Tribal women have a significant role in India’s transformation
The article has been authored by Swati Piramal, vice-chairperson of the Piramal Group and director of the Piramal Foundation
As we stand at the threshold of India’s 75th Independence day, it is a good time to reflect on how we can accelerate achieving its Sustainable Development Goals and transformation. While our country continues to make rapid progress on many fronts, with the lives of our marginalszed populations also being touched, more needs to be done.
The tribal population in India, that constitutes 8.6% of India’s total population (per the 2011 census), is amongst one of the most disadvantaged due to a host of factors, such as poverty, illiteracy, malnutrition, health problems, geographic isolation and lack of access to services.
Tribal women, comprising 47% of India’s tribal population, are deeply connected to their communities and possess a profound understanding of their ecosystem. Time and again, they have established their ability to effect behavioural change on the ground and proven to be powerful community influencers. Studies have shown that tribal women, as culture keepers and archivists of ancient tribal practices and traditional knowledge, also possess valuable insights on larger issues such as the climate crisis, forests, and sustainability.
The appointment of Droupadi Murmu, an outstanding Santhali woman from Mayurbanj, a tribal district of Odisha as the President of India, provides hope for millions of tribal women. It is also an opportunity to bring tribal health and nutrition issues to the centre of the national discourse. The trajectory of India’s growth can be shifted significantly when tribal communities with tribal women are placed at the centre of solutions. With India entering its ‘Amrit Kaal’ (the 25 years leading up to the centennial of Independence), this will prove to be a game-changer.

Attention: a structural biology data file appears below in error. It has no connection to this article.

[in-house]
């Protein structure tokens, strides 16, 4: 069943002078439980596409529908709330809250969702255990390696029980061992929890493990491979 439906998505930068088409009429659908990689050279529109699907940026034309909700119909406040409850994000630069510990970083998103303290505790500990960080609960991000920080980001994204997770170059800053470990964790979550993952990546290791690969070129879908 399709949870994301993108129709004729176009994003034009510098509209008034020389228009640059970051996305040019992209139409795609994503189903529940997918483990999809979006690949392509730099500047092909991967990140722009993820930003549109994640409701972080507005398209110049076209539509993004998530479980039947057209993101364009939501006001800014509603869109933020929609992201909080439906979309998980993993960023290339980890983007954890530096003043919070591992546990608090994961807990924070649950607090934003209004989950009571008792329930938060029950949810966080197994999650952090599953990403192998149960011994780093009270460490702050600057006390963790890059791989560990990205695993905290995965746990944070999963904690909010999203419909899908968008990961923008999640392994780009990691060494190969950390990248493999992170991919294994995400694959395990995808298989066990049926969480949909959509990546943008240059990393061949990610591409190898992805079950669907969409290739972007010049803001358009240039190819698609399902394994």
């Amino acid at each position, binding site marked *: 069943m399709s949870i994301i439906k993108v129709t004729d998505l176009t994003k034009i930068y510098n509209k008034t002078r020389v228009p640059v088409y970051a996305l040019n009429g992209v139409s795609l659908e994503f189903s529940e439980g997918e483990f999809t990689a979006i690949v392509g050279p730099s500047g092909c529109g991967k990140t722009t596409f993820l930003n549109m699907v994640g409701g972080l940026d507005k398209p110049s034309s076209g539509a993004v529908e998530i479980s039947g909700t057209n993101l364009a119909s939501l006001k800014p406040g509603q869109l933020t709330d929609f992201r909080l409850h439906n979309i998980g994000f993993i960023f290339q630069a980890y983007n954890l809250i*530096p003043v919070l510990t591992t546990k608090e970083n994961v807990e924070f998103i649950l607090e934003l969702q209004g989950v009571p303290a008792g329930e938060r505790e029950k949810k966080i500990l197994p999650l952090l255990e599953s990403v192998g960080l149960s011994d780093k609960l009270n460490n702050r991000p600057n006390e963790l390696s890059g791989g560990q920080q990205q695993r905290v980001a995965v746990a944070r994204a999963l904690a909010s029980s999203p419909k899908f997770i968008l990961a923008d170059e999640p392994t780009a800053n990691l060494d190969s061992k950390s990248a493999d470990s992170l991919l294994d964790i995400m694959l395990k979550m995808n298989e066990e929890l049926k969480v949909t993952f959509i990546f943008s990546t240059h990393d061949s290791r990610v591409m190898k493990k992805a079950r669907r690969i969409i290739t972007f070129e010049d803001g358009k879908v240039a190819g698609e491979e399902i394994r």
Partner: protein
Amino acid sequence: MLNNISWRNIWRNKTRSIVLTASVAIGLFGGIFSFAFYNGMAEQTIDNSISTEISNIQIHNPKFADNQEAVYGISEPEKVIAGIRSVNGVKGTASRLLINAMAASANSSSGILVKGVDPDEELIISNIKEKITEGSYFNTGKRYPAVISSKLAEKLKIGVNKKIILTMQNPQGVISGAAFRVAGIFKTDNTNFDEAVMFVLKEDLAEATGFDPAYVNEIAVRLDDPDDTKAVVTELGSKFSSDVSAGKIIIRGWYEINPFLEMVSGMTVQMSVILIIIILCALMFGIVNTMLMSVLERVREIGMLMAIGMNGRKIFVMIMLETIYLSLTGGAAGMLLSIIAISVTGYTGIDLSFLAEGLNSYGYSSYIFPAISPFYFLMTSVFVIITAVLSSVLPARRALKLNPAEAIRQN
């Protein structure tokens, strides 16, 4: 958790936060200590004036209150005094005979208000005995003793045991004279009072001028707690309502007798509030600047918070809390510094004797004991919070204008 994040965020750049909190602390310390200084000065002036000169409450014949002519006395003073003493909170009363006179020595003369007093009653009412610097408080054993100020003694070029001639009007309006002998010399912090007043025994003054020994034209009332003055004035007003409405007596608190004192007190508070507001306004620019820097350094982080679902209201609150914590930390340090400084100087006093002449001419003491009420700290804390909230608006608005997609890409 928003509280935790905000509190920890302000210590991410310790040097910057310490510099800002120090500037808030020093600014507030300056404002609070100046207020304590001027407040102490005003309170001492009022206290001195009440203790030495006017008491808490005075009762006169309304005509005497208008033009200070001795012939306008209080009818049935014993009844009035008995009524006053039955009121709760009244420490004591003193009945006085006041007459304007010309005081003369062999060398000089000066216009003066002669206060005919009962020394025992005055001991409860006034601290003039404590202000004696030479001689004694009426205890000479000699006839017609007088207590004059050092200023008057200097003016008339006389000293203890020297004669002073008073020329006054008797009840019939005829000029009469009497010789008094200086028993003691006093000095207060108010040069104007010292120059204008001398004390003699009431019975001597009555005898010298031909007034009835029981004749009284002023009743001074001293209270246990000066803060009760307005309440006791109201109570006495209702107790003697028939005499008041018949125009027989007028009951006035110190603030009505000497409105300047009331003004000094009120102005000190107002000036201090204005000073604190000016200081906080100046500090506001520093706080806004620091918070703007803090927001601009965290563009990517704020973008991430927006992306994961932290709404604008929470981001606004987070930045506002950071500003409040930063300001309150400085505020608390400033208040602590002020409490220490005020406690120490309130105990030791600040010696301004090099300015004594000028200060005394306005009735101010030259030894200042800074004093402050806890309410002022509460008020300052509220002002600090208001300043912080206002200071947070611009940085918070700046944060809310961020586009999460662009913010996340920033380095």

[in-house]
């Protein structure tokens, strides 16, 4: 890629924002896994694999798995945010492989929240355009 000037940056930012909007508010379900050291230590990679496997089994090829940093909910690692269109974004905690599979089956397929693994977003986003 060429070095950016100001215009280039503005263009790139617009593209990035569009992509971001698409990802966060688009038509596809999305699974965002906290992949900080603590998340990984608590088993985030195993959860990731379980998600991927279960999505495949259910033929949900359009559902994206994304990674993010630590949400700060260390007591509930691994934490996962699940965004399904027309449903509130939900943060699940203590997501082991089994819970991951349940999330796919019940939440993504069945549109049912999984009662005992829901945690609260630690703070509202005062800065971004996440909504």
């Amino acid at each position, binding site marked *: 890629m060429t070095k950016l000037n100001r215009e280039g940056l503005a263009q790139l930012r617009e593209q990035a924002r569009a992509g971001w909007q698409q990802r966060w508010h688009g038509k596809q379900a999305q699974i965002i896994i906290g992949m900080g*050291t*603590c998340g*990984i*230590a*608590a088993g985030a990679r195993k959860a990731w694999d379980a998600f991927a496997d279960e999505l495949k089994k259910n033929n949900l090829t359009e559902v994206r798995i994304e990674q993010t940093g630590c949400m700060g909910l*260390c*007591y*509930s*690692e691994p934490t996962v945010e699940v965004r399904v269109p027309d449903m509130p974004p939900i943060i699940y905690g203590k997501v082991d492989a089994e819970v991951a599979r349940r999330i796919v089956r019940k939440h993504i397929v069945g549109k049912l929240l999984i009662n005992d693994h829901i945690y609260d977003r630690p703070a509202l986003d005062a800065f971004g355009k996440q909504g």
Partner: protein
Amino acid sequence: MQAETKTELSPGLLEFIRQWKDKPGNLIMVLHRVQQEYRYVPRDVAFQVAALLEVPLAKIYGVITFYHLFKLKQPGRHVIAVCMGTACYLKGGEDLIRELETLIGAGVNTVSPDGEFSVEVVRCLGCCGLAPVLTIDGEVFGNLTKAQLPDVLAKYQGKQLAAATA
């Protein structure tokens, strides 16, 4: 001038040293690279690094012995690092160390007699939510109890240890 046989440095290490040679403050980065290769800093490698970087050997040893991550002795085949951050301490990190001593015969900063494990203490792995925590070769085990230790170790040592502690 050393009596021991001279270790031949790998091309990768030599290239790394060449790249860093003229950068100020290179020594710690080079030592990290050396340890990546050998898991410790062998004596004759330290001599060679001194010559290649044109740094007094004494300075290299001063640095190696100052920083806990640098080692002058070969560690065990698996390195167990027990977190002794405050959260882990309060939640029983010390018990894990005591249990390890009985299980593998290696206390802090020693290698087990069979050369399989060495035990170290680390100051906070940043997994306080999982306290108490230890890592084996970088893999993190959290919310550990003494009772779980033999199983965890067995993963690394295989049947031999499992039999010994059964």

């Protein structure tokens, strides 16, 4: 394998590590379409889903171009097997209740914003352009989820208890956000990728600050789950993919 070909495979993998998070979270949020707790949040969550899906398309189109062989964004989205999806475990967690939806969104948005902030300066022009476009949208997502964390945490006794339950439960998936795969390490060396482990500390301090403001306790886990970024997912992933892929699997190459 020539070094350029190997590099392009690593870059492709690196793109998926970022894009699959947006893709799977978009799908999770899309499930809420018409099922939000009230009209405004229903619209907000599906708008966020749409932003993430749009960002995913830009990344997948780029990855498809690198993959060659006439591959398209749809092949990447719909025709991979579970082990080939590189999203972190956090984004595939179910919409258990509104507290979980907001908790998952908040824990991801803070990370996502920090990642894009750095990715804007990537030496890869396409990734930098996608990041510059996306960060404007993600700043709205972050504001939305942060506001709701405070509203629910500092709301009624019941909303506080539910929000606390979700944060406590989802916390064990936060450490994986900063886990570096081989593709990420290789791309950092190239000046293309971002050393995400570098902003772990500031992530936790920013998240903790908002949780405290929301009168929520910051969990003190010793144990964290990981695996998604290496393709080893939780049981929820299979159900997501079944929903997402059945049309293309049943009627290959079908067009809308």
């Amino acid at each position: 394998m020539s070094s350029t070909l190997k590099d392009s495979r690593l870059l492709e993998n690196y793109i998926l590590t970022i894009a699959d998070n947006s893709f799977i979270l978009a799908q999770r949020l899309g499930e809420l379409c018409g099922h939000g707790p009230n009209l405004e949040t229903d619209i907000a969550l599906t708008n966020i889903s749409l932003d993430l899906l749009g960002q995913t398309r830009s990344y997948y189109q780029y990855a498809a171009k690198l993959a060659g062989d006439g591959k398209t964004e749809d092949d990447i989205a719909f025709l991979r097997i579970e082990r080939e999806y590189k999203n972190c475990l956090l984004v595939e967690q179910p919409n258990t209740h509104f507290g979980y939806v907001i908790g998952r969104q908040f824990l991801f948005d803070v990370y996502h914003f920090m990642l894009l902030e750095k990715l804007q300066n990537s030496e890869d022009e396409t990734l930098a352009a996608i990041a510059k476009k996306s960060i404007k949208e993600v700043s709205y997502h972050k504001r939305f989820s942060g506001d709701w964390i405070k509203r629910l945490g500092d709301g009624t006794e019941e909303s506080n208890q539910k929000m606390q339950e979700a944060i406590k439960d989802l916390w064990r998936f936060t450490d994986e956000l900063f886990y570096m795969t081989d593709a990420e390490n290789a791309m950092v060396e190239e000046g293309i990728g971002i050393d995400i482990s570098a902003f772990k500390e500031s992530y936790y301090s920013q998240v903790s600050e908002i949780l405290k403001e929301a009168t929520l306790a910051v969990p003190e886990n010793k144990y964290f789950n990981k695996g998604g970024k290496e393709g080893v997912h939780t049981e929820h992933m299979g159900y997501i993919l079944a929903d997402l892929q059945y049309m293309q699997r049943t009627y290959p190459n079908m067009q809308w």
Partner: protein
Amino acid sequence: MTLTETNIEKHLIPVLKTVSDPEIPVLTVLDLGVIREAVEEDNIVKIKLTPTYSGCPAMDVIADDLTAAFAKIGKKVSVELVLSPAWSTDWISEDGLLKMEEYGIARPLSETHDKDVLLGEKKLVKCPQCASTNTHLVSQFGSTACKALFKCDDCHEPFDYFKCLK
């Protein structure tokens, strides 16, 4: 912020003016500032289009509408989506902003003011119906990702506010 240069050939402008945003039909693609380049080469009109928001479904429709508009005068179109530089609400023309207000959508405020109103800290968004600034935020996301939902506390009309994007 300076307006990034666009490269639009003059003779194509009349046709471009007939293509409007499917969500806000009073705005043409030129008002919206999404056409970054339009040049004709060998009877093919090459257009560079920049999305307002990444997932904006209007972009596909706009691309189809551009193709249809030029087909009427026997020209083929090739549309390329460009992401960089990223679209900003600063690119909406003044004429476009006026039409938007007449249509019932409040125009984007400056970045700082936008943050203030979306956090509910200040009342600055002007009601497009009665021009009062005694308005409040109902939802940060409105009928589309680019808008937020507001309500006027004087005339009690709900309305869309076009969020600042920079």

There are several examples of individuals and groups of women from within tribal communities who have shown the way for inclusion and development. Young tribal women are helping lower maternal mortality rates in Araku valley, Andhra Pradesh, with no maternal deaths reported for three consecutive years prior to the pandemic. A young woman from the Wangcho tribe in a remote village in Arunachal Pradesh formed an informal group when there was no precedent of Self-Help Groups (SHGs), and mobilised local women to act collectively against the opium use prevalent amongst the youth in the community, thereby playing a key role in ensuring the overall well-being of her community.
The success of the recent Aashwasan 100-day campaign (which found over 9,000 new TB patients) by the ministry of tribal affairs, Central TB Division, (ministry of health and family welfare), USAID and Piramal Foundation to raise awareness about Covid-19 vaccine and TB screening, testing and treatment initiation in 174 remote tribal districts can be attributed largely to women frontline workers and SHG members from tribal blocks who played an instrumental role in bringing community members together and persuading them to participate. Even when vehicles were not available, Epil (name changed), a tribal woman from West Singhbhum in Jharkhand, cycled between villages and the block headquarters crossing conflict-prone areas to ensure that sample collection and transportation for TB detection were not affected.
For tribal women to be heard, and for their invaluable abilities to find wings, it is imperative for the equity lens to be donned. Their voices need amplification on community platforms like Panchayati Raj Institutions and Jan Arogya Samiti. Frontline workers like Accredited Social Health Activists (ASHA) and members of various women SHGs are already showing the way. Their stories need to find a much wider space in the mainstream narrative to ensure that they have an adequately high representation at all levels along with opportunities for their voices to emerge during multi-stakeholder dialogues on local development. Additionally, providing them with learning systems would go a long way in building knowledge, capacities and leadership so that they can shine at the forefront.
There is great truth in the adage “When you empower a woman, you empower a generation and the nation”. As India progresses rapidly, the need of the hour is to ensure we develop the collective agency of tribal women to make Sabka Vikas (everyone’s development) a reality. It is indeed time for affirmative action and equitable progress. On this 75th Independence Day, let us turn our attention to this 8.6% of our people as we make strides towards great transformation. Let us re-affirm our commitment to leave no one behind.
(The article has been authored by Swati Piramal, vice-chairperson of the Piramal Group and director of the Piramal Foundation.)